Wednesday, 24 December 2014

This open letter by the folks at the Brain Preservation Foundation was quite stirring, and pretty succinctly described why preserving dying people is beneficial,  and feasible with current technology.

As an aside, I learned from the letter that there are surgical procedures that stop all brain and circulatory activity in a patient and yet the patient can recover with their memories intact. This suggests that what makes us us can be preserved by a structural copy of the brain.

We choose brain preservation over natural decay because we accept the current scientific consensus that our unique conscious self is generated by processes within our physical brain. Further, we accept that all the memories, skills, and personality traits that make us unique are hardwired into the physical and molecular connections among our brain’s hundred billion neurons. Such a structural basis of memory and personality is demonstrated by the fact that surgical patients are often put into a state of Profound Hypothermia and Circulatory Arrest (PHCA) in which all patterned brain activity is halted for up to a full hour, yet these patients revive with memory and personality completely intact. The structural basis of memory and personality – the synaptic connectivity between neurons – can be preserved essentially perfectly by today’s chemical fixation and plastic embedding techniques. Extrapolating from current technologies for the nano‐imaging of plastic embedded brain tissue, we believe that one day science will have advanced sufficiently to allow complete retrieval of memories from such a preserved brain.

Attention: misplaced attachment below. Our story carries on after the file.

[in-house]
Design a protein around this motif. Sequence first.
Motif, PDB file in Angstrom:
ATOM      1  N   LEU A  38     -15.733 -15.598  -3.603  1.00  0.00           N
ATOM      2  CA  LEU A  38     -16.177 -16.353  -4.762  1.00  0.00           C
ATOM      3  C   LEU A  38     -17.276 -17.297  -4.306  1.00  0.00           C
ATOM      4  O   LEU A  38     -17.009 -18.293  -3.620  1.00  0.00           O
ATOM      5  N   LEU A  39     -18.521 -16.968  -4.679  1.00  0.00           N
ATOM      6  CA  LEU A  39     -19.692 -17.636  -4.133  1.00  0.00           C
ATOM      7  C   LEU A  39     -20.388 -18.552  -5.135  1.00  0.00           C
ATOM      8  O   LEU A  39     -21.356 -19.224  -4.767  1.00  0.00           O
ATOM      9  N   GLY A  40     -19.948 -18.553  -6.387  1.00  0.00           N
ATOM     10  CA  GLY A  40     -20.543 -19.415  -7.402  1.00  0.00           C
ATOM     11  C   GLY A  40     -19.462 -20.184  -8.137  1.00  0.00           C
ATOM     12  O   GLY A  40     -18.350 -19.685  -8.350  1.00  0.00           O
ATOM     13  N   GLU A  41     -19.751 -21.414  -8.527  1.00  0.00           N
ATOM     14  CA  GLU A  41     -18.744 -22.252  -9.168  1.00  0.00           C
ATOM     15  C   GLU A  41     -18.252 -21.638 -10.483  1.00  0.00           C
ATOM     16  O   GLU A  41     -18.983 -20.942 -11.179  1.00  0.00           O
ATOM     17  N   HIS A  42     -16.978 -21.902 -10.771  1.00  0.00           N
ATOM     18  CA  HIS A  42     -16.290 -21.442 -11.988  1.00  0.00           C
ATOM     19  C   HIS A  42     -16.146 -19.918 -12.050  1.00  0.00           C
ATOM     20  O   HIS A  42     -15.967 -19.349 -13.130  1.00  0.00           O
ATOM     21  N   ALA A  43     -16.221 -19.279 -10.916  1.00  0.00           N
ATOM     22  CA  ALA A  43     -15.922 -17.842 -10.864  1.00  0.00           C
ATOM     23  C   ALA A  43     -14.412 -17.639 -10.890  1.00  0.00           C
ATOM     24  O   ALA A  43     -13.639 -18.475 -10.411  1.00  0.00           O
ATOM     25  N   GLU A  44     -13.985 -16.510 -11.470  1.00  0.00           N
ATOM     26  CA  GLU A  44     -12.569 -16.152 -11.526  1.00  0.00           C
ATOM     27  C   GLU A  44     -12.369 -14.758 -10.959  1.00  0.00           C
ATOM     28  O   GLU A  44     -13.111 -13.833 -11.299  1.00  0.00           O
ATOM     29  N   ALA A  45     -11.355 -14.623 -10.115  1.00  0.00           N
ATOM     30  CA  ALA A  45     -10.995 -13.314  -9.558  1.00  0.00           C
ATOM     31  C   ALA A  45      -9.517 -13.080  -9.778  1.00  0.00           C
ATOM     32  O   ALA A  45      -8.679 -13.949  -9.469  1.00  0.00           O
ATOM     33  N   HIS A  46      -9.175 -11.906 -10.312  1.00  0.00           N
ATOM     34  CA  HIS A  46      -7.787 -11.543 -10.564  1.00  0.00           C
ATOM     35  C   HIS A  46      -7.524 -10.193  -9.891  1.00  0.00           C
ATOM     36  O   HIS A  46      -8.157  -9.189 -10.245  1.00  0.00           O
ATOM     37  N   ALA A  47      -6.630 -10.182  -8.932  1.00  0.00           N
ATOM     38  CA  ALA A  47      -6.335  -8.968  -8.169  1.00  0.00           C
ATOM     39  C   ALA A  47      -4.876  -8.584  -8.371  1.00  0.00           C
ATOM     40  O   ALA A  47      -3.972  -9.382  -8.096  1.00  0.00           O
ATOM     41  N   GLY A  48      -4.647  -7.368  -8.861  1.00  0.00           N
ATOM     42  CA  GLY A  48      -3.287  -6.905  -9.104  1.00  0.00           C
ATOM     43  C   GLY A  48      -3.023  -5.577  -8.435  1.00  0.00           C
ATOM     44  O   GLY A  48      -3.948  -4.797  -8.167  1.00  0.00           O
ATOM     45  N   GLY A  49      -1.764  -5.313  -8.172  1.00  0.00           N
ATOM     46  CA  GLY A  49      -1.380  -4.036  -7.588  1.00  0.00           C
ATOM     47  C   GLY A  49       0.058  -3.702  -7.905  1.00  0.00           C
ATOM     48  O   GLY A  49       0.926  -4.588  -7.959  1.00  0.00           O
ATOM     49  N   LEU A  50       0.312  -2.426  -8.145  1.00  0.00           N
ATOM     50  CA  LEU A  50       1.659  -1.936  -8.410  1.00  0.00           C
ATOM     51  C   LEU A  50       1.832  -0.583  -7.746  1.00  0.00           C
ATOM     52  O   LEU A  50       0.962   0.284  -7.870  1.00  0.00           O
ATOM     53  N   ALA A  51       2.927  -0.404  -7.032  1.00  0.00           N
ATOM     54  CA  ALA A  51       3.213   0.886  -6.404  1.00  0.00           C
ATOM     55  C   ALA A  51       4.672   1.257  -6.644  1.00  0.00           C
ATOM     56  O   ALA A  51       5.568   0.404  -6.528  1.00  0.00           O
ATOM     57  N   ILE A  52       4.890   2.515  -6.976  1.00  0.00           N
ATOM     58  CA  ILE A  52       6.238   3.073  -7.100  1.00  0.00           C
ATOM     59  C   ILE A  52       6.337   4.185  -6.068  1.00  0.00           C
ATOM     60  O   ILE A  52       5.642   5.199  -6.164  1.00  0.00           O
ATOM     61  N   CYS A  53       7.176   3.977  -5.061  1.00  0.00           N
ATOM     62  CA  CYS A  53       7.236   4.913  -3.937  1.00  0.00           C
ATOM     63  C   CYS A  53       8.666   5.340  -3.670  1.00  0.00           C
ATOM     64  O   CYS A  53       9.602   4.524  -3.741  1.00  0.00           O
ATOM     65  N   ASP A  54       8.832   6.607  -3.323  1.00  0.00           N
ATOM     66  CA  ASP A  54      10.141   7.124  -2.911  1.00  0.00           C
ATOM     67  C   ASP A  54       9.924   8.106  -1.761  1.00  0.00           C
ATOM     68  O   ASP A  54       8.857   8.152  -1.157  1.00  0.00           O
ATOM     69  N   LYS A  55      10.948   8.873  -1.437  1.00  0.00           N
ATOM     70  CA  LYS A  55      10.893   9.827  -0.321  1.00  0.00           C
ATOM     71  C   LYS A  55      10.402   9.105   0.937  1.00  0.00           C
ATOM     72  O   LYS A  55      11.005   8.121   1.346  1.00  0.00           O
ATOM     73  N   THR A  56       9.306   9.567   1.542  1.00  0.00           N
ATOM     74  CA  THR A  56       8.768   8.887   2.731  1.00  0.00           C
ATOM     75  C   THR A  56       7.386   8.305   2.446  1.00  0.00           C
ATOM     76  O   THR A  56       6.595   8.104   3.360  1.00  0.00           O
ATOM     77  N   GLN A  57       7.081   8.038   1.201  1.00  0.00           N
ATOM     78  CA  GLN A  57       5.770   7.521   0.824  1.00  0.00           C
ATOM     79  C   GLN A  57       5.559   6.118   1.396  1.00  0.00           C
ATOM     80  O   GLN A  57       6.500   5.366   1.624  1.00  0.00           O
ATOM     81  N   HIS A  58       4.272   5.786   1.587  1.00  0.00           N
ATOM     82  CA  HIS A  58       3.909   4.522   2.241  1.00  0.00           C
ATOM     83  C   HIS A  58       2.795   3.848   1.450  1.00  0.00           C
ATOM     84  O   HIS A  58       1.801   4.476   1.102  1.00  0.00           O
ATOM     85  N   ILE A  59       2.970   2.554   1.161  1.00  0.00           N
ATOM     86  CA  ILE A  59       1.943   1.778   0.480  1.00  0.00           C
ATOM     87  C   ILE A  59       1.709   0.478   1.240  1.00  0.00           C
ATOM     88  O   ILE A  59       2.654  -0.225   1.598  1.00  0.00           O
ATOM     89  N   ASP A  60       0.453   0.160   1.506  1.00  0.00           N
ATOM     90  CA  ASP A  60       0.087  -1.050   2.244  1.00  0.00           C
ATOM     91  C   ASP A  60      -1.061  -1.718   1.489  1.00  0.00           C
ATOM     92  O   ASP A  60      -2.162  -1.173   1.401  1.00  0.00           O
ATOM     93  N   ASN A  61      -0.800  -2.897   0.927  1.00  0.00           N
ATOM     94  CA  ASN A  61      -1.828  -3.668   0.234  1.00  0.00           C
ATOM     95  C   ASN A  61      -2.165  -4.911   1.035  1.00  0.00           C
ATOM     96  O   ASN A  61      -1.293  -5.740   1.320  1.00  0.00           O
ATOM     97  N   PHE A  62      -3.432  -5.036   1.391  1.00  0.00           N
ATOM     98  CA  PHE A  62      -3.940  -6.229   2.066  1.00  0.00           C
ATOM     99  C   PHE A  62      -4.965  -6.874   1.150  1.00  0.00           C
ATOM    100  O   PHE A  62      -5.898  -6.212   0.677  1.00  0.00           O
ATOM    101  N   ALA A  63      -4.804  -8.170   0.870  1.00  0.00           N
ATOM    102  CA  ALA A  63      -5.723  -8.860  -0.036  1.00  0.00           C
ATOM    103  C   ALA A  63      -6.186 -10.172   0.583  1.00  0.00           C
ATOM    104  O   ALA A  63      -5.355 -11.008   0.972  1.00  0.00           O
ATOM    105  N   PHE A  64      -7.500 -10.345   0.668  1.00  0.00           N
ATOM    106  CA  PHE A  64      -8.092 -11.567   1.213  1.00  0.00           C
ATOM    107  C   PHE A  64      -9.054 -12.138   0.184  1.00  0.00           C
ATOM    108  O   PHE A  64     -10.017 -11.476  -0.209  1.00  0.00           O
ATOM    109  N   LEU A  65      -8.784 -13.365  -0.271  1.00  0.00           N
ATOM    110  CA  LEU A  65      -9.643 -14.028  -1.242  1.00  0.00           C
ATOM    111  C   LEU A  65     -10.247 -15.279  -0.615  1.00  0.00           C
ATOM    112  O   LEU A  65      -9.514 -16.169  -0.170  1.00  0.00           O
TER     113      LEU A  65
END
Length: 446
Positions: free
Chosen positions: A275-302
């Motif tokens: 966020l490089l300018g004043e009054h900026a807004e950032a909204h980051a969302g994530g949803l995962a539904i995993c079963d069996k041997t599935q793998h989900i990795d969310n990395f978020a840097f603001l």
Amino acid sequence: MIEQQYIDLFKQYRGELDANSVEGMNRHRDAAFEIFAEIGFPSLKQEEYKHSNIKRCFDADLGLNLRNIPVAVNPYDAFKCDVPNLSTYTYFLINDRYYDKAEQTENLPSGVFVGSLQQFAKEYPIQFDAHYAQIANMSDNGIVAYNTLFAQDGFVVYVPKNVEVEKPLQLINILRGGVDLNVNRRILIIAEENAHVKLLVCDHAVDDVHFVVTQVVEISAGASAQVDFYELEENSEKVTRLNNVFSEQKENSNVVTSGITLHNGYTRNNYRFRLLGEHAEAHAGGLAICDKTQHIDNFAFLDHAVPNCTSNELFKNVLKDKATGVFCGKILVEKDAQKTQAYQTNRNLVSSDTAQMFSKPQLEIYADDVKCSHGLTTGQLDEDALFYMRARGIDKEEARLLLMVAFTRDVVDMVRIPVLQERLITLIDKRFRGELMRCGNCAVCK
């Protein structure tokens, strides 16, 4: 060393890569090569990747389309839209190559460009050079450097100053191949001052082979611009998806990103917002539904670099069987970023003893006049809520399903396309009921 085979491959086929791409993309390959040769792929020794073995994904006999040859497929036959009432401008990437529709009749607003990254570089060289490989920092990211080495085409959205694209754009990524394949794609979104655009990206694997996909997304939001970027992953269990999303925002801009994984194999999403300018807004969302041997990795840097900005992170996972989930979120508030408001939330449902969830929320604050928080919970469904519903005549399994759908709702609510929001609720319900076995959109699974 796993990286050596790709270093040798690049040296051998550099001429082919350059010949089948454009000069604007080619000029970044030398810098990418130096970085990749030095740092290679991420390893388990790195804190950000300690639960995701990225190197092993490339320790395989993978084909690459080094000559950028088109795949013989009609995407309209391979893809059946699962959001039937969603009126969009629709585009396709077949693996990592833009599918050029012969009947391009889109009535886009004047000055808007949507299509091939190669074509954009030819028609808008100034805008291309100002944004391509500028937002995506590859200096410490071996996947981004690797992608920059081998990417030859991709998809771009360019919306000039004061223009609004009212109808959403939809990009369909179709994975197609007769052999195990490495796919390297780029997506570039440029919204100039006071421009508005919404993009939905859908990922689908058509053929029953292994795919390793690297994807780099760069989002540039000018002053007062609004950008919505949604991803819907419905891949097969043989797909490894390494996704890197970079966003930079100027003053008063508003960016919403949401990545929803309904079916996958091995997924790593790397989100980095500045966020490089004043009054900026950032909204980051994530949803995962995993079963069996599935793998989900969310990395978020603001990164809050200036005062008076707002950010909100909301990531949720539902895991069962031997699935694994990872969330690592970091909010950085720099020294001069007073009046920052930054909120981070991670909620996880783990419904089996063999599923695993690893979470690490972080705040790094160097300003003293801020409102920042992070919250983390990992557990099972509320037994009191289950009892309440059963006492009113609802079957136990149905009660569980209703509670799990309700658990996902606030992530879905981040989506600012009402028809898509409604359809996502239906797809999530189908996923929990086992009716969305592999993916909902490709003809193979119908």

No comments:

Post a Comment